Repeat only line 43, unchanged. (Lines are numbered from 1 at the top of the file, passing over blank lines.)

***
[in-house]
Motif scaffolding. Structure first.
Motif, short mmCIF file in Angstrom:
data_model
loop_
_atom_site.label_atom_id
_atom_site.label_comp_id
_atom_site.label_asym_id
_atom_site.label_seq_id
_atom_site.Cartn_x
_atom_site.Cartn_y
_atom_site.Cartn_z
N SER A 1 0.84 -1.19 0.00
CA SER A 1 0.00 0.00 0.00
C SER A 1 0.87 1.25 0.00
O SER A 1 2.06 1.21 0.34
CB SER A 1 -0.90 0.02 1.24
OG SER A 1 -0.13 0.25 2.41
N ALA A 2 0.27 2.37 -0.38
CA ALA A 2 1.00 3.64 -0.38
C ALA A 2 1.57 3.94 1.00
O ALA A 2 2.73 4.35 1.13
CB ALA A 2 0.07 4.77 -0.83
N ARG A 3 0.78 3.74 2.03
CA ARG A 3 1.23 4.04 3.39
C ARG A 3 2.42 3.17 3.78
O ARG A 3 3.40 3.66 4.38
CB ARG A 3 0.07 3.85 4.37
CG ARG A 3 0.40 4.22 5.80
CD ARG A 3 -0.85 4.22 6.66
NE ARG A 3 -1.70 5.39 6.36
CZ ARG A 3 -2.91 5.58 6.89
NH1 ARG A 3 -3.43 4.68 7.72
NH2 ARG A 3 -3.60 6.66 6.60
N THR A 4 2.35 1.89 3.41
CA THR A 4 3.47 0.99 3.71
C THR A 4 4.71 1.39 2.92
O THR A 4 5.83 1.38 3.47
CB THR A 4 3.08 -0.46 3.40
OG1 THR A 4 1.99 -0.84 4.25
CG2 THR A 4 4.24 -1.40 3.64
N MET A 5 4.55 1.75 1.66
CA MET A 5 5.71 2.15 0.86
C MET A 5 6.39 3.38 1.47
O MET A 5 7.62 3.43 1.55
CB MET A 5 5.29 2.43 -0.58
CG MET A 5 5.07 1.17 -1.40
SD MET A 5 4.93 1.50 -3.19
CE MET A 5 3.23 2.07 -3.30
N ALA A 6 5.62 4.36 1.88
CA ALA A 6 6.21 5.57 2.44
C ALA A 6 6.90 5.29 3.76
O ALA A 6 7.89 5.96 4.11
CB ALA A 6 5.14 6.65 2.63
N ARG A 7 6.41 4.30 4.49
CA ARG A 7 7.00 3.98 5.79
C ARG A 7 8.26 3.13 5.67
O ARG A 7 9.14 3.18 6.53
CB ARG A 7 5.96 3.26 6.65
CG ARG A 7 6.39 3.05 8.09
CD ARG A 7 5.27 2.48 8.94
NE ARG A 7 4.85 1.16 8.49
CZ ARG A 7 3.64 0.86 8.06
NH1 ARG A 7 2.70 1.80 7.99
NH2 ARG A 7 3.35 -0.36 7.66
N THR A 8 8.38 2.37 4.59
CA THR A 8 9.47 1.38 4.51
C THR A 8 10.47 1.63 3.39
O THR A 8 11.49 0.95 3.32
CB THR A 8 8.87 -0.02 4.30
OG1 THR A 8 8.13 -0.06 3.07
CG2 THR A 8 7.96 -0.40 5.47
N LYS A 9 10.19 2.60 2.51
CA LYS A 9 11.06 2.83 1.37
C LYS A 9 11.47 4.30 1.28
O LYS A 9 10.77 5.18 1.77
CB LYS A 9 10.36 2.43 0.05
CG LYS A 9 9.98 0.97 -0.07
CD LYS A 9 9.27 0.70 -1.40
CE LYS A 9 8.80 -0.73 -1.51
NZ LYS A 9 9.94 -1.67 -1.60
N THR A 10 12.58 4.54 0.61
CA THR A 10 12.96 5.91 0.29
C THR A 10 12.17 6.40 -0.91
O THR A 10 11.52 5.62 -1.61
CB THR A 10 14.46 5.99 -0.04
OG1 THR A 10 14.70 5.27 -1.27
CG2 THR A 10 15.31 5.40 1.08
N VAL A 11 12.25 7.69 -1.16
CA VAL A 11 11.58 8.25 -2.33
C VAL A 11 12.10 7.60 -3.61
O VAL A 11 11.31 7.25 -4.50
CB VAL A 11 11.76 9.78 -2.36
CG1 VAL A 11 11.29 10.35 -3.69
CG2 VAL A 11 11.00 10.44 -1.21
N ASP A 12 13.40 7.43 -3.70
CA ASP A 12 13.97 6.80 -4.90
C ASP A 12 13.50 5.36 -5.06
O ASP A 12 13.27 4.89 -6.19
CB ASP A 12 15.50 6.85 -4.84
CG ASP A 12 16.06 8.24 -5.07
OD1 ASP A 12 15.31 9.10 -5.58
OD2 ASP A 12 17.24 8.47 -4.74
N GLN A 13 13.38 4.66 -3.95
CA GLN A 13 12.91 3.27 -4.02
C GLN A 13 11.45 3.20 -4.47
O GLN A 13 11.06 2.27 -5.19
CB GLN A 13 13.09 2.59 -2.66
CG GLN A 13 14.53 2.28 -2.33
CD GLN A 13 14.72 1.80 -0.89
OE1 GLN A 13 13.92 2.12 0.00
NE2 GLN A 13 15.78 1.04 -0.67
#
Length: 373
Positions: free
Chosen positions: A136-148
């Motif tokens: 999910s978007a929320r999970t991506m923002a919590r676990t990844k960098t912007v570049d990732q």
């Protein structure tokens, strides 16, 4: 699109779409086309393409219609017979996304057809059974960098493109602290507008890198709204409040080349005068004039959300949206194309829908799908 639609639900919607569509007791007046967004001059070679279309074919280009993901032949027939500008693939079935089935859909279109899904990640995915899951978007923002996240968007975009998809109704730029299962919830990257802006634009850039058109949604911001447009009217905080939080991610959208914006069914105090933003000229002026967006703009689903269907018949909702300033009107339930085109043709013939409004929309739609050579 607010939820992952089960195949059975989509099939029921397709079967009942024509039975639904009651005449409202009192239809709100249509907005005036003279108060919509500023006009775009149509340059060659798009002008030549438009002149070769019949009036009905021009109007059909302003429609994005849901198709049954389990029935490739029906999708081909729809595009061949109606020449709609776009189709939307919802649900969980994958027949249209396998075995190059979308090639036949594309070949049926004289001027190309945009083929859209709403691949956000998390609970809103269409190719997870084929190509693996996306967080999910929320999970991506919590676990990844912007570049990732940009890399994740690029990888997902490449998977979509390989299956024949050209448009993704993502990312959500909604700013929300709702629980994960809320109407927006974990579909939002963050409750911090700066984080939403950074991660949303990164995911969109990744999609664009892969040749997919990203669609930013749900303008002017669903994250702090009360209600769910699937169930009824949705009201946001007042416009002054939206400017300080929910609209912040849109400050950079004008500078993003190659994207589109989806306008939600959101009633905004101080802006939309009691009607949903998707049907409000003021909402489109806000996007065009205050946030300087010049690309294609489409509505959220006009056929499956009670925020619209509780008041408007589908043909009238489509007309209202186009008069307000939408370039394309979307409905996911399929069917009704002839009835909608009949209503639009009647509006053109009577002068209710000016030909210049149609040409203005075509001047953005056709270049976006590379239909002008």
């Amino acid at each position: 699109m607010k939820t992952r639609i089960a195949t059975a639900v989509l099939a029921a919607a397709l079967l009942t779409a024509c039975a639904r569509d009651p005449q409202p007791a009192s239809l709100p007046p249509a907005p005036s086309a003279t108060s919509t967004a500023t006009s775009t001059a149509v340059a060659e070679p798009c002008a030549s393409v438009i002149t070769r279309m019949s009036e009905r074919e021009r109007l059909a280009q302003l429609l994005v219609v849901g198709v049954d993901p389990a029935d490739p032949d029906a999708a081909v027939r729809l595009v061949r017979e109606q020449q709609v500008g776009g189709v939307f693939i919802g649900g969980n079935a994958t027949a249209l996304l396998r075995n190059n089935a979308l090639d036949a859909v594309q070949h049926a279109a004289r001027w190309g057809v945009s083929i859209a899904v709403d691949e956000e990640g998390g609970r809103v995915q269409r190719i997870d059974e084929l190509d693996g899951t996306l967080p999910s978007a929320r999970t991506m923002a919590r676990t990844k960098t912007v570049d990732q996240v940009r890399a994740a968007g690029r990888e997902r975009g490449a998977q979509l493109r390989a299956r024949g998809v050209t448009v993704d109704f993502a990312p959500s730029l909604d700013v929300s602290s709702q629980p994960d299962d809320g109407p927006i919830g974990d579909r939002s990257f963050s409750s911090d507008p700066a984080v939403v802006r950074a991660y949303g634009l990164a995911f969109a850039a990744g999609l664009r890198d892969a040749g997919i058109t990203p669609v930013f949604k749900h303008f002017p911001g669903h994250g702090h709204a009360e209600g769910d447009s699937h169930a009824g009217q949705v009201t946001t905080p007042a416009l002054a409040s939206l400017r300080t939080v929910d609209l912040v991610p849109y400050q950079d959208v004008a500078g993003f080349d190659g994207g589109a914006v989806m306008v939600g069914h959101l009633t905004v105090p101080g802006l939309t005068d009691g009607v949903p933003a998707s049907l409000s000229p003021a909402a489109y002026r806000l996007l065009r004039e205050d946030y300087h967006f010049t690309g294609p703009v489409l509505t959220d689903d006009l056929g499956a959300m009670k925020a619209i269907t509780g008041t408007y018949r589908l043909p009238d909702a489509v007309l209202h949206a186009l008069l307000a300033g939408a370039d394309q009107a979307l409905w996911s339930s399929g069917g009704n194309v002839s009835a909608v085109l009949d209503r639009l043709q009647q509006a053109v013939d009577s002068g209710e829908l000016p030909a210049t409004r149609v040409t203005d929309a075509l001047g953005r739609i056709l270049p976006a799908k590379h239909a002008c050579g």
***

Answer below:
CA MET A 5 5.71 2.15 0.86